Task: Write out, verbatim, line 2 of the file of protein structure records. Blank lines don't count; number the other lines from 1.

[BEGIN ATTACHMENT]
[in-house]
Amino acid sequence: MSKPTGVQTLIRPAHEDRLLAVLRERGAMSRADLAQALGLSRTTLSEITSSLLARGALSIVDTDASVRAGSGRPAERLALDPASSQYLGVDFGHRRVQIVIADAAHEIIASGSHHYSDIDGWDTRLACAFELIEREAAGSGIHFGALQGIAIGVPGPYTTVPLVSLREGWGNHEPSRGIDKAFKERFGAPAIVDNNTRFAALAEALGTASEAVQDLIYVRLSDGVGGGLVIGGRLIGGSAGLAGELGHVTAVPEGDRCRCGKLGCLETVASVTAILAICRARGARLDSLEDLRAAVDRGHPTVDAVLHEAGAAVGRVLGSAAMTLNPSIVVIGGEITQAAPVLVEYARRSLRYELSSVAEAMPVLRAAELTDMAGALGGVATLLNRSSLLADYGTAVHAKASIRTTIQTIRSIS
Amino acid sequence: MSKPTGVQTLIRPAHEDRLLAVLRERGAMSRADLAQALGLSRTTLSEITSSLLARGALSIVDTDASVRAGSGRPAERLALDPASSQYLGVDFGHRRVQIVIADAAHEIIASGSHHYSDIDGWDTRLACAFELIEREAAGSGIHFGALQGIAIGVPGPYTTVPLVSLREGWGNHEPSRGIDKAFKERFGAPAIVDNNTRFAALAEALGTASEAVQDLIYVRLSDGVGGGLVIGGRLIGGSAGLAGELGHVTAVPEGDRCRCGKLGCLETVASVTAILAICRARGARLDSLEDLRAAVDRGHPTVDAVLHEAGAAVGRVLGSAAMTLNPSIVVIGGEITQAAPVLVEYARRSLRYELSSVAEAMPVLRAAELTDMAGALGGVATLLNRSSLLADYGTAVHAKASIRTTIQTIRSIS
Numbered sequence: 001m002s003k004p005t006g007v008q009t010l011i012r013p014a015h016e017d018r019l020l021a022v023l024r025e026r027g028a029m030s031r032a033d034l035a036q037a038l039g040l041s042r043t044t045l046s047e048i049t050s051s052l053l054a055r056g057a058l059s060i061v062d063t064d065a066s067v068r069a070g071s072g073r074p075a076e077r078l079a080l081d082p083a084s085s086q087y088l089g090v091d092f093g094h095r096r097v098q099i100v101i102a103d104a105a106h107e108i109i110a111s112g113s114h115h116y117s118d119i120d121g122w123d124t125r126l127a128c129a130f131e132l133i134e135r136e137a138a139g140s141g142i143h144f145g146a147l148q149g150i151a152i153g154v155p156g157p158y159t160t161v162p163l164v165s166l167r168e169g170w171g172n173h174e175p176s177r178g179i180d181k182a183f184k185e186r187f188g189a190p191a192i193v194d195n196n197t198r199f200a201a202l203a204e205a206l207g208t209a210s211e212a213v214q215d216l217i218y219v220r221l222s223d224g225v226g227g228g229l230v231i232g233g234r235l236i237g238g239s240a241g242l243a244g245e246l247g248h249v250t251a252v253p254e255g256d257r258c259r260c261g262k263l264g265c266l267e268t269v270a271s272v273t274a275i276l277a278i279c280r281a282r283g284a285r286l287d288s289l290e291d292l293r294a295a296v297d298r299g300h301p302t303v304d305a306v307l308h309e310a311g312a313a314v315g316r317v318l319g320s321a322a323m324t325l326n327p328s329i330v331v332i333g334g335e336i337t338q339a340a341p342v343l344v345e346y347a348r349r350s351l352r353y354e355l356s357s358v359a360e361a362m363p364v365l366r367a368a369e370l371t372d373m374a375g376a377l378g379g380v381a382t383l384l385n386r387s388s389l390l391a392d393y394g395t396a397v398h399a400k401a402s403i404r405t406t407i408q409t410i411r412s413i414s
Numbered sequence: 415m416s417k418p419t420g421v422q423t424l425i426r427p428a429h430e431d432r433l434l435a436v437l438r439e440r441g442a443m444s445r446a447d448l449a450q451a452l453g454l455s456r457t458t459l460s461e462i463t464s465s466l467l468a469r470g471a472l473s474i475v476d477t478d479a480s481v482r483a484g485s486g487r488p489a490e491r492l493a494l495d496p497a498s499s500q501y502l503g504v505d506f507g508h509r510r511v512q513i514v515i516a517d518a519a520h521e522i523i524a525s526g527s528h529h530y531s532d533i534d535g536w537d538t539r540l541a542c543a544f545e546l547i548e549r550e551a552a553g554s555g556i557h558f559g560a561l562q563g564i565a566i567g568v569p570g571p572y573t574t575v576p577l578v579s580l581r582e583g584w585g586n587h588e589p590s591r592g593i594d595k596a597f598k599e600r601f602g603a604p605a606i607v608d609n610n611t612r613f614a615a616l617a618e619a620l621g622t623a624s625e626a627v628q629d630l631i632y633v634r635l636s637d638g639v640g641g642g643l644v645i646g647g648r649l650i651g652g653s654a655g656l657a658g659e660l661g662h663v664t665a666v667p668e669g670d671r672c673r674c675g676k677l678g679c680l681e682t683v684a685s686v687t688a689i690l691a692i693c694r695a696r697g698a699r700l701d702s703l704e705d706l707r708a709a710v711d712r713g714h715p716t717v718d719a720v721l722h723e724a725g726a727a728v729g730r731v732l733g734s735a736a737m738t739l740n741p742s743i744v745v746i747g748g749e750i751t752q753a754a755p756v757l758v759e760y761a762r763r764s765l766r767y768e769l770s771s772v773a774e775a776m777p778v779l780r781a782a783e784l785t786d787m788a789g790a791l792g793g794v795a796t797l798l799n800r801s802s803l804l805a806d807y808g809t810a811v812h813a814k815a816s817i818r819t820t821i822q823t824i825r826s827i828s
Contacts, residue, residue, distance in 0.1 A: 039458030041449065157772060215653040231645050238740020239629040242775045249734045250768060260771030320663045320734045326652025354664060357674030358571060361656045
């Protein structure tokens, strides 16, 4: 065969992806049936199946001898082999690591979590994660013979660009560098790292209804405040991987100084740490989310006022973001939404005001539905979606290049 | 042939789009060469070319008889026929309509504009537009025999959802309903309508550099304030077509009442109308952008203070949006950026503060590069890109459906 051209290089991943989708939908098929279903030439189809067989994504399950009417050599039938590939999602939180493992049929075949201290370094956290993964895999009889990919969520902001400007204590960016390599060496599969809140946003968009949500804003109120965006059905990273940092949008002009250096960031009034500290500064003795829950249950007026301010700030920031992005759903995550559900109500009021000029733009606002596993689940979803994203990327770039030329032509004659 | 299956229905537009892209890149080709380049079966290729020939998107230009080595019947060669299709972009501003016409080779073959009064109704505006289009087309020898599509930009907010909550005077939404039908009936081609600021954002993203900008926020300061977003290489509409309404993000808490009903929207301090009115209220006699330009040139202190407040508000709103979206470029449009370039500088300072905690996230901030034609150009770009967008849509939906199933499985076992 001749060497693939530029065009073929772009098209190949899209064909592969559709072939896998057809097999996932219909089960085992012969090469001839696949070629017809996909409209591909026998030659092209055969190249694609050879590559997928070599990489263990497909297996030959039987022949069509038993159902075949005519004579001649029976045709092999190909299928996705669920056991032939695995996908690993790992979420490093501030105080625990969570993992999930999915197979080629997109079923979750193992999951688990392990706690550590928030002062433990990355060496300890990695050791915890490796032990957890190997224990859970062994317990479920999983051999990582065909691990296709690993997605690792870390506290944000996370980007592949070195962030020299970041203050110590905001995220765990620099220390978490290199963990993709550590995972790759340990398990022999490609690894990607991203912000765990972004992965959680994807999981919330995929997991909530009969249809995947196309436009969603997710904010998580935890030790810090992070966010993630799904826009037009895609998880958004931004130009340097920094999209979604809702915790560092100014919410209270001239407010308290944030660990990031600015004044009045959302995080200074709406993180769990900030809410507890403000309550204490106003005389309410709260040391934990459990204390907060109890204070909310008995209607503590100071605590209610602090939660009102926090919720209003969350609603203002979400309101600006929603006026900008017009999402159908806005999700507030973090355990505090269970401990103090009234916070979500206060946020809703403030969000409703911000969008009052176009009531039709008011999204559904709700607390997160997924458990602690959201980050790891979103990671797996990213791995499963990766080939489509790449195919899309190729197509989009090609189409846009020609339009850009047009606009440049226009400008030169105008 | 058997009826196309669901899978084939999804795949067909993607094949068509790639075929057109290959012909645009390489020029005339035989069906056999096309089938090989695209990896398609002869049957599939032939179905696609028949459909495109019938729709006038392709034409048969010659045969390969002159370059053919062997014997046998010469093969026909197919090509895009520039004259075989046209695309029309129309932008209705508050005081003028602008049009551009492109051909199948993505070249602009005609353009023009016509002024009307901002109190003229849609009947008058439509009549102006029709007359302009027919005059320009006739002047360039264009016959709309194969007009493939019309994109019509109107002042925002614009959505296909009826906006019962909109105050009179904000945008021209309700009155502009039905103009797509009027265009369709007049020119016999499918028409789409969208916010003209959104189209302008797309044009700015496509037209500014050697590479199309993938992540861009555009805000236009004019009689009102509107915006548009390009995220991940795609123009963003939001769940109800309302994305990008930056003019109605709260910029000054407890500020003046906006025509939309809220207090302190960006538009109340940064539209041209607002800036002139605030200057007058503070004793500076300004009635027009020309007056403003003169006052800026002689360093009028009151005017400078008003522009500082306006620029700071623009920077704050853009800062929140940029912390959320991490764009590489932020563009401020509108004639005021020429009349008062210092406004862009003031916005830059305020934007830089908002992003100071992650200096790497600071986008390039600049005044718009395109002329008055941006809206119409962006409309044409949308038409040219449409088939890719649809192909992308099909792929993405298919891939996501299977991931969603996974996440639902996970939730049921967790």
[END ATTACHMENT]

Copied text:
Amino acid sequence: MSKPTGVQTLIRPAHEDRLLAVLRERGAMSRADLAQALGLSRTTLSEITSSLLARGALSIVDTDASVRAGSGRPAERLALDPASSQYLGVDFGHRRVQIVIADAAHEIIASGSHHYSDIDGWDTRLACAFELIEREAAGSGIHFGALQGIAIGVPGPYTTVPLVSLREGWGNHEPSRGIDKAFKERFGAPAIVDNNTRFAALAEALGTASEAVQDLIYVRLSDGVGGGLVIGGRLIGGSAGLAGELGHVTAVPEGDRCRCGKLGCLETVASVTAILAICRARGARLDSLEDLRAAVDRGHPTVDAVLHEAGAAVGRVLGSAAMTLNPSIVVIGGEITQAAPVLVEYARRSLRYELSSVAEAMPVLRAAELTDMAGALGGVATLLNRSSLLADYGTAVHAKASIRTTIQTIRSIS